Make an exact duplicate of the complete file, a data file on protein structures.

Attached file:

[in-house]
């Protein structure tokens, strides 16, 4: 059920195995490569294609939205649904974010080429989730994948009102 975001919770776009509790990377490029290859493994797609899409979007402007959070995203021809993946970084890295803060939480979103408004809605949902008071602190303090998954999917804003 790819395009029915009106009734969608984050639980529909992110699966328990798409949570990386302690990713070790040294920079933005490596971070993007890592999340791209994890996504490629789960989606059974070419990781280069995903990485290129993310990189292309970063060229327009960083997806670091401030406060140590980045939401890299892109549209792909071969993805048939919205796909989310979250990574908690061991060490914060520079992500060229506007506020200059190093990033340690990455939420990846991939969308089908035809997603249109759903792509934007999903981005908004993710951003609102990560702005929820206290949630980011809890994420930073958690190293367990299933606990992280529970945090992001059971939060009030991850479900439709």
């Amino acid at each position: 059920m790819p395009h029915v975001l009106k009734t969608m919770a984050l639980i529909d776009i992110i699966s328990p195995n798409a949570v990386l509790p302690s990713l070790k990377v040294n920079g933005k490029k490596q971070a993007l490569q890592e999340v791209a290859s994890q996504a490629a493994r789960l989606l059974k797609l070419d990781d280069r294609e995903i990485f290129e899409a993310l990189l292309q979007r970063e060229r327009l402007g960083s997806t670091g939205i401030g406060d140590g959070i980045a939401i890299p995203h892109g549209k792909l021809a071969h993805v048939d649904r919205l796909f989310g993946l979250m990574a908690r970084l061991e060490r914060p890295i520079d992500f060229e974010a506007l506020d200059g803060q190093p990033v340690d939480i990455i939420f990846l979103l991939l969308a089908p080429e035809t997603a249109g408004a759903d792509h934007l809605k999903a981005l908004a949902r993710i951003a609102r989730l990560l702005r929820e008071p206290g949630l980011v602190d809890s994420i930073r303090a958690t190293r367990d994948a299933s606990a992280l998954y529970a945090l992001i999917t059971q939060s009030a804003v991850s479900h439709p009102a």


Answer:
[in-house]
């Protein structure tokens, strides 16, 4: 059920195995490569294609939205649904974010080429989730994948009102 975001919770776009509790990377490029290859493994797609899409979007402007959070995203021809993946970084890295803060939480979103408004809605949902008071602190303090998954999917804003 790819395009029915009106009734969608984050639980529909992110699966328990798409949570990386302690990713070790040294920079933005490596971070993007890592999340791209994890996504490629789960989606059974070419990781280069995903990485290129993310990189292309970063060229327009960083997806670091401030406060140590980045939401890299892109549209792909071969993805048939919205796909989310979250990574908690061991060490914060520079992500060229506007506020200059190093990033340690990455939420990846991939969308089908035809997603249109759903792509934007999903981005908004993710951003609102990560702005929820206290949630980011809890994420930073958690190293367990299933606990992280529970945090992001059971939060009030991850479900439709």
């Amino acid at each position: 059920m790819p395009h029915v975001l009106k009734t969608m919770a984050l639980i529909d776009i992110i699966s328990p195995n798409a949570v990386l509790p302690s990713l070790k990377v040294n920079g933005k490029k490596q971070a993007l490569q890592e999340v791209a290859s994890q996504a490629a493994r789960l989606l059974k797609l070419d990781d280069r294609e995903i990485f290129e899409a993310l990189l292309q979007r970063e060229r327009l402007g960083s997806t670091g939205i401030g406060d140590g959070i980045a939401i890299p995203h892109g549209k792909l021809a071969h993805v048939d649904r919205l796909f989310g993946l979250m990574a908690r970084l061991e060490r914060p890295i520079d992500f060229e974010a506007l506020d200059g803060q190093p990033v340690d939480i990455i939420f990846l979103l991939l969308a089908p080429e035809t997603a249109g408004a759903d792509h934007l809605k999903a981005l908004a949902r993710i951003a609102r989730l990560l702005r929820e008071p206290g949630l980011v602190d809890s994420i930073r303090a958690t190293r367990d994948a299933s606990a992280l998954y529970a945090l992001i999917t059971q939060s009030a804003v991850s479900h439709p009102a």